An Executive Order to Lower the American Drinking Age to 18 Years



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An Executive Order to Lower the
American Drinking Age to 18 Years

Emily Prater April 5, 2013


Under federal law, it is entirely illegal for citizens under the age of 21 in the United States to buy and/or consume alcohol. Despite this legal age, the law does not appear to worry most minors. Underage individuals consuming alcohol is a pressing public health and safety concern because of the high prevalence of this behavior and the correspondingly high costs it exacts. Either directly or indirectly, this relates in terms of lost lives, injury and disability, illness, damaged interpersonal relationships, and lost productivity. Speaking for the college scene, underage drinking has become a ritual that many students often see as an integral part of their higher-education experience. While some argue that allowing younger people to have more access to alcohol is counterintuitive, the 21- age limit has created a dangerous culture of irresponsible and reckless behavior; therefore, the policy to purchase, possess or consume alcohol in the United States should be lowered to 18 years of age based on education, toleration, and a message of responsible, moderate use.


Since 1988, and as a direct consequence of the passage of the National Minimum Drinking Age Act in 1984, the minimum legal drinking age for every state in the nation has been 21. Yet, during the intervening twenty-five years, there have been periodic efforts to lower this number. According to the American Public Health Association, in 2008, a group of university and college presidents expressed their discontent with the minimum legal drinking age by signing on to the Amethyst Initiative, a much publicized advocacy effort to encourage public debate about lowering the drinking age. These groups of college presidents (and their partner organization, Choose Responsibility) proposed reducing the minimum legal drinking age to 18 years, and with failure, this issue has received little mainstream attention since.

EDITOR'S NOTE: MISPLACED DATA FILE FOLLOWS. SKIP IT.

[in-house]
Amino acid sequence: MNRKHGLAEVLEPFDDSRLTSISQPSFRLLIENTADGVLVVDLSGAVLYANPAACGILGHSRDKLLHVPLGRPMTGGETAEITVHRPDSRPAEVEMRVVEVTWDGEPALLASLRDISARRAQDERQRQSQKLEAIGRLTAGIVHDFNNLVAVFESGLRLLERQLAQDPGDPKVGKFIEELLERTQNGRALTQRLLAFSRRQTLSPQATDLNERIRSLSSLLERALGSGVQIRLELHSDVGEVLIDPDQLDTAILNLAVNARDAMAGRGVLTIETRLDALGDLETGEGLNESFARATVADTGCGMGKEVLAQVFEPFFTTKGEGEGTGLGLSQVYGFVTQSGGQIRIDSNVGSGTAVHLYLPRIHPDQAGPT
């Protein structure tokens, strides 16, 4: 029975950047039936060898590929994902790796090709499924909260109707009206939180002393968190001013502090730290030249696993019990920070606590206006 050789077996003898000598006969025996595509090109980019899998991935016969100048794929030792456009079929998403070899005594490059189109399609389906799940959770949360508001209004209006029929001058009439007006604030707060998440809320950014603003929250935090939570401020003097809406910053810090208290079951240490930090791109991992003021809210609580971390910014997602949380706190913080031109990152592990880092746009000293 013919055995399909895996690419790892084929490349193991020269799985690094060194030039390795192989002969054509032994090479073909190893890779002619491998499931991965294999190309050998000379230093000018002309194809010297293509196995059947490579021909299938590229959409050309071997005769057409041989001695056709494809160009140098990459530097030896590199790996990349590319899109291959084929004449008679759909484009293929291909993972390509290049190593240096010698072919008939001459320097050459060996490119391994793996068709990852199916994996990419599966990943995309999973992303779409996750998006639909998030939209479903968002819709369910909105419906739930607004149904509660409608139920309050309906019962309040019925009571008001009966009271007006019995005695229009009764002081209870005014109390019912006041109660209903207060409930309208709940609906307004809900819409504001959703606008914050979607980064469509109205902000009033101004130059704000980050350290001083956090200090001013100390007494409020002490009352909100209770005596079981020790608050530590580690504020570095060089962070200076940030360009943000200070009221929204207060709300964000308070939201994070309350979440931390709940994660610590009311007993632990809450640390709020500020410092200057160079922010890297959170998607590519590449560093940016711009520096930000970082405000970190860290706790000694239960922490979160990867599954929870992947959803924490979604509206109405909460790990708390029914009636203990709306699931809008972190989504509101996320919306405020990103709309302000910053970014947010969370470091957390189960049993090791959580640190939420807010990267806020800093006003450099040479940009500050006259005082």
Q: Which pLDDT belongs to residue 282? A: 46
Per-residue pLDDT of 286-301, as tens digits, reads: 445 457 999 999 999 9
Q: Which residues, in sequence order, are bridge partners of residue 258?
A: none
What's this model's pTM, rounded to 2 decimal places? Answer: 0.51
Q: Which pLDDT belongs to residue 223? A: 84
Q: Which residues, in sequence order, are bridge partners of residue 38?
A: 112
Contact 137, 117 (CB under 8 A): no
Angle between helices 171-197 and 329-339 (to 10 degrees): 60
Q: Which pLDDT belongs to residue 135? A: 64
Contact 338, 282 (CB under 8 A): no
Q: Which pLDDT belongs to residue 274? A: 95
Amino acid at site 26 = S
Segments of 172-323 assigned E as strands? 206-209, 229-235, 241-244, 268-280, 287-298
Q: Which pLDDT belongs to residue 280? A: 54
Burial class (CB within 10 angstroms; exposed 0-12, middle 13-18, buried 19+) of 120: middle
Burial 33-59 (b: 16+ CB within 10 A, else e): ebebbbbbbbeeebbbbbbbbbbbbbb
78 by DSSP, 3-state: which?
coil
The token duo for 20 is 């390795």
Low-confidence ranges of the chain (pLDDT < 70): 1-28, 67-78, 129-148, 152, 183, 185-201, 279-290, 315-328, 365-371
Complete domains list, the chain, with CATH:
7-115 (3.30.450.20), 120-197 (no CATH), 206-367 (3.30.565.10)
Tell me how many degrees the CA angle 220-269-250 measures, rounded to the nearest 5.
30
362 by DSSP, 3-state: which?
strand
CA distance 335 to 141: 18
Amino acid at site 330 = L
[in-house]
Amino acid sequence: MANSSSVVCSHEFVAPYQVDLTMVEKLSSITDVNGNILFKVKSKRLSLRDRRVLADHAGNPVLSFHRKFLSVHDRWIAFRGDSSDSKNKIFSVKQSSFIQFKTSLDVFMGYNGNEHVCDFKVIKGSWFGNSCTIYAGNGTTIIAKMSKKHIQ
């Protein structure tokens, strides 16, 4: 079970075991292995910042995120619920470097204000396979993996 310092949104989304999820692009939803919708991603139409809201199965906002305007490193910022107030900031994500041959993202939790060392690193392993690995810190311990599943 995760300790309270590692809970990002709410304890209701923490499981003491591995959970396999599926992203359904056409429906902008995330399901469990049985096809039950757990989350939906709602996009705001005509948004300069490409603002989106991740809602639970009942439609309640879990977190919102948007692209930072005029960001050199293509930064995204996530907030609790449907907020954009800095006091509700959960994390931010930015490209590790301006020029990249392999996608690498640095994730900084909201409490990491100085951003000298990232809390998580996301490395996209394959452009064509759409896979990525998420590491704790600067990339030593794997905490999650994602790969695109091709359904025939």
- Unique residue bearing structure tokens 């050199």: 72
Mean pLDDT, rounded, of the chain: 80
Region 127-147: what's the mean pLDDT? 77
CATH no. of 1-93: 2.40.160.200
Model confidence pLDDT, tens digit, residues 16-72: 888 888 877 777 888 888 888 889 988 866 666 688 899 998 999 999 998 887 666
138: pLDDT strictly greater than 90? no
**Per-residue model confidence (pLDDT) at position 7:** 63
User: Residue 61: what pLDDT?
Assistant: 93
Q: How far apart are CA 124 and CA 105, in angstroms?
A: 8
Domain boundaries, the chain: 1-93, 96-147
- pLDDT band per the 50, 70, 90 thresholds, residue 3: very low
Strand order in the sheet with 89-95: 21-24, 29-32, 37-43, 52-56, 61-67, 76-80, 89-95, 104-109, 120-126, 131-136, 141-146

When under debate, the issue of the 21-year-old drinking age comes down to safety for some. A decrease in fatal alcohol-related car accidents inspires many to say the current law is working. This appears to be the most powerful argument against changing the legal age, at least emotionally. The law was presented to the country in 1984. Alcohol-related traffic fatalities have indeed gone down since then, but they started going down two years earlier, have gone down in every age group, and have gone down over the same period at a faster rate in Canada, where the legal age remains 18 (McCardell). Other plausible explanations for fewer highway deaths to keep in mind include safer car designs, the ubiquitous installation of air bags in new cars and laws mandating seatbelt use.
There is no denying that driving under the influence is a major concern, but it is important to consider situations involving alcohol outside of the highways as well. According to the National Institute of Alcoholism and Alcohol Abuse, of the 5,000 lives under age 21 lost to alcohol each year, more than sixty percent are loss off the roadways. The principle problem of 2013 is not drunken driving; it is clandestine binge drinking.